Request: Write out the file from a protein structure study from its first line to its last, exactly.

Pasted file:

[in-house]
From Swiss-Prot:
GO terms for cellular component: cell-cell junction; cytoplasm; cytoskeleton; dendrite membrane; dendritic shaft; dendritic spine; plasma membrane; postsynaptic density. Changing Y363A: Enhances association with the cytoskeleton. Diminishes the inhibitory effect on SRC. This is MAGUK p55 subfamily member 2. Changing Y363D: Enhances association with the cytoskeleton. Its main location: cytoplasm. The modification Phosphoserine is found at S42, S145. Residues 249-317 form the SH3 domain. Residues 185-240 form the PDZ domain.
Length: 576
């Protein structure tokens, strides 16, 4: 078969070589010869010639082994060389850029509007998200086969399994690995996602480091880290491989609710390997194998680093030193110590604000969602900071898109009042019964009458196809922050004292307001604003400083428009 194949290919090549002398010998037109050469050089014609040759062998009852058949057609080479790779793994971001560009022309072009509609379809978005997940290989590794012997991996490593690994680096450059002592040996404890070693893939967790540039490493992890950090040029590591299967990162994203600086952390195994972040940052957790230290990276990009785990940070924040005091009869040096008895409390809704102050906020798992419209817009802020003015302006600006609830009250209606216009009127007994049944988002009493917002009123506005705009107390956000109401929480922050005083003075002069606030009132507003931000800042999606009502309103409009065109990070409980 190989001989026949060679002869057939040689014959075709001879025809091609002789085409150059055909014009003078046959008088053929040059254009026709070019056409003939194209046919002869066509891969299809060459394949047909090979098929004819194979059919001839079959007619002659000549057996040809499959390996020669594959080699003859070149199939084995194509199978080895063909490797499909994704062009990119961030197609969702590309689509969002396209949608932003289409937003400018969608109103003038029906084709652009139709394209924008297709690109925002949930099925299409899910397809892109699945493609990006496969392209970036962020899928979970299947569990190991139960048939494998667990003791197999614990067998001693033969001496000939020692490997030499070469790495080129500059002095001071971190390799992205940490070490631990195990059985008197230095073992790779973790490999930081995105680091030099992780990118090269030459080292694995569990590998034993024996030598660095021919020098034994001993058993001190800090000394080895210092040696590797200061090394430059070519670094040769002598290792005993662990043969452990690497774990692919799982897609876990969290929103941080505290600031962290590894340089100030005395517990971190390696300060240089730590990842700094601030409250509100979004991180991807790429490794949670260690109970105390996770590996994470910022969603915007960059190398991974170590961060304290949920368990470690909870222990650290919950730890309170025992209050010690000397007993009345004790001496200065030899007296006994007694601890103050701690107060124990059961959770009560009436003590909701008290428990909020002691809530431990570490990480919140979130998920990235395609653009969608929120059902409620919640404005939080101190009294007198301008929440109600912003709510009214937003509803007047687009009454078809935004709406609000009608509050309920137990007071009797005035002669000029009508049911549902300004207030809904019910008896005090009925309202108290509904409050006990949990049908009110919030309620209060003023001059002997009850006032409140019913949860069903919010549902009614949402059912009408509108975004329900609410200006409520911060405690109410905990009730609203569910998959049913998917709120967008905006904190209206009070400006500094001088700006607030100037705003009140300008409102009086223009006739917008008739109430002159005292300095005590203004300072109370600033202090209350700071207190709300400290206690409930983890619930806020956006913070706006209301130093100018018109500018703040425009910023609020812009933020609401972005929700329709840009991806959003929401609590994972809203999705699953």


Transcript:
[in-house]
From Swiss-Prot:
GO terms for cellular component: cell-cell junction; cytoplasm; cytoskeleton; dendrite membrane; dendritic shaft; dendritic spine; plasma membrane; postsynaptic density. Changing Y363A: Enhances association with the cytoskeleton. Diminishes the inhibitory effect on SRC. This is MAGUK p55 subfamily member 2. Changing Y363D: Enhances association with the cytoskeleton. Its main location: cytoplasm. The modification Phosphoserine is found at S42, S145. Residues 249-317 form the SH3 domain. Residues 185-240 form the PDZ domain.
Length: 576
């Protein structure tokens, strides 16, 4: 078969070589010869010639082994060389850029509007998200086969399994690995996602480091880290491989609710390997194998680093030193110590604000969602900071898109009042019964009458196809922050004292307001604003400083428009 194949290919090549002398010998037109050469050089014609040759062998009852058949057609080479790779793994971001560009022309072009509609379809978005997940290989590794012997991996490593690994680096450059002592040996404890070693893939967790540039490493992890950090040029590591299967990162994203600086952390195994972040940052957790230290990276990009785990940070924040005091009869040096008895409390809704102050906020798992419209817009802020003015302006600006609830009250209606216009009127007994049944988002009493917002009123506005705009107390956000109401929480922050005083003075002069606030009132507003931000800042999606009502309103409009065109990070409980 190989001989026949060679002869057939040689014959075709001879025809091609002789085409150059055909014009003078046959008088053929040059254009026709070019056409003939194209046919002869066509891969299809060459394949047909090979098929004819194979059919001839079959007619002659000549057996040809499959390996020669594959080699003859070149199939084995194509199978080895063909490797499909994704062009990119961030197609969702590309689509969002396209949608932003289409937003400018969608109103003038029906084709652009139709394209924008297709690109925002949930099925299409899910397809892109699945493609990006496969392209970036962020899928979970299947569990190991139960048939494998667990003791197999614990067998001693033969001496000939020692490997030499070469790495080129500059002095001071971190390799992205940490070490631990195990059985008197230095073992790779973790490999930081995105680091030099992780990118090269030459080292694995569990590998034993024996030598660095021919020098034994001993058993001190800090000394080895210092040696590797200061090394430059070519670094040769002598290792005993662990043969452990690497774990692919799982897609876990969290929103941080505290600031962290590894340089100030005395517990971190390696300060240089730590990842700094601030409250509100979004991180991807790429490794949670260690109970105390996770590996994470910022969603915007960059190398991974170590961060304290949920368990470690909870222990650290919950730890309170025992209050010690000397007993009345004790001496200065030899007296006994007694601890103050701690107060124990059961959770009560009436003590909701008290428990909020002691809530431990570490990480919140979130998920990235395609653009969608929120059902409620919640404005939080101190009294007198301008929440109600912003709510009214937003509803007047687009009454078809935004709406609000009608509050309920137990007071009797005035002669000029009508049911549902300004207030809904019910008896005090009925309202108290509904409050006990949990049908009110919030309620209060003023001059002997009850006032409140019913949860069903919010549902009614949402059912009408509108975004329900609410200006409520911060405690109410905990009730609203569910998959049913998917709120967008905006904190209206009070400006500094001088700006607030100037705003009140300008409102009086223009006739917008008739109430002159005292300095005590203004300072109370600033202090209350700071207190709300400290206690409930983890619930806020956006913070706006209301130093100018018109500018703040425009910023609020812009933020609401972005929700329709840009991806959003929401609590994972809203999705699953």